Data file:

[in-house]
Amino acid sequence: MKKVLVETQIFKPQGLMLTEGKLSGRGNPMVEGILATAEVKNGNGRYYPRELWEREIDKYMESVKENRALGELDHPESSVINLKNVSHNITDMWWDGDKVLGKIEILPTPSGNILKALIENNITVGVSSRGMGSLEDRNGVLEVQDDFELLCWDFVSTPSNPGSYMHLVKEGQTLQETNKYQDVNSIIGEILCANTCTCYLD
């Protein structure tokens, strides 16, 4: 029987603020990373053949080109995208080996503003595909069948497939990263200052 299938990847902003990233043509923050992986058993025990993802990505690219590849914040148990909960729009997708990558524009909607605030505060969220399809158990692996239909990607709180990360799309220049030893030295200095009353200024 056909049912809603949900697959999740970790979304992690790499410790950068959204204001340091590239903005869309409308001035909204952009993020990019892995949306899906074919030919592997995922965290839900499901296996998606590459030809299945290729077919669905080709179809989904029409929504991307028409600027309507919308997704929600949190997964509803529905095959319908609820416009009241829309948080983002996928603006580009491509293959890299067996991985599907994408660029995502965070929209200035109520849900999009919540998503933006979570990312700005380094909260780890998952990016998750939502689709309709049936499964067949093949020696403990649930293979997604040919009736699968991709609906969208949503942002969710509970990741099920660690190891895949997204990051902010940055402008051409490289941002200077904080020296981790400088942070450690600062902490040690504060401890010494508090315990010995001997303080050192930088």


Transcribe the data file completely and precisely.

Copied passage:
[in-house]
Amino acid sequence: MKKVLVETQIFKPQGLMLTEGKLSGRGNPMVEGILATAEVKNGNGRYYPRELWEREIDKYMESVKENRALGELDHPESSVINLKNVSHNITDMWWDGDKVLGKIEILPTPSGNILKALIENNITVGVSSRGMGSLEDRNGVLEVQDDFELLCWDFVSTPSNPGSYMHLVKEGQTLQETNKYQDVNSIIGEILCANTCTCYLD
């Protein structure tokens, strides 16, 4: 029987603020990373053949080109995208080996503003595909069948497939990263200052 299938990847902003990233043509923050992986058993025990993802990505690219590849914040148990909960729009997708990558524009909607605030505060969220399809158990692996239909990607709180990360799309220049030893030295200095009353200024 056909049912809603949900697959999740970790979304992690790499410790950068959204204001340091590239903005869309409308001035909204952009993020990019892995949306899906074919030919592997995922965290839900499901296996998606590459030809299945290729077919669905080709179809989904029409929504991307028409600027309507919308997704929600949190997964509803529905095959319908609820416009009241829309948080983002996928603006580009491509293959890299067996991985599907994408660029995502965070929209200035109520849900999009919540998503933006979570990312700005380094909260780890998952990016998750939502689709309709049936499964067949093949020696403990649930293979997604040919009736699968991709609906969208949503942002969710509970990741099920660690190891895949997204990051902010940055402008051409490289941002200077904080020296981790400088942070450690600062902490040690504060401890010494508090315990010995001997303080050192930088």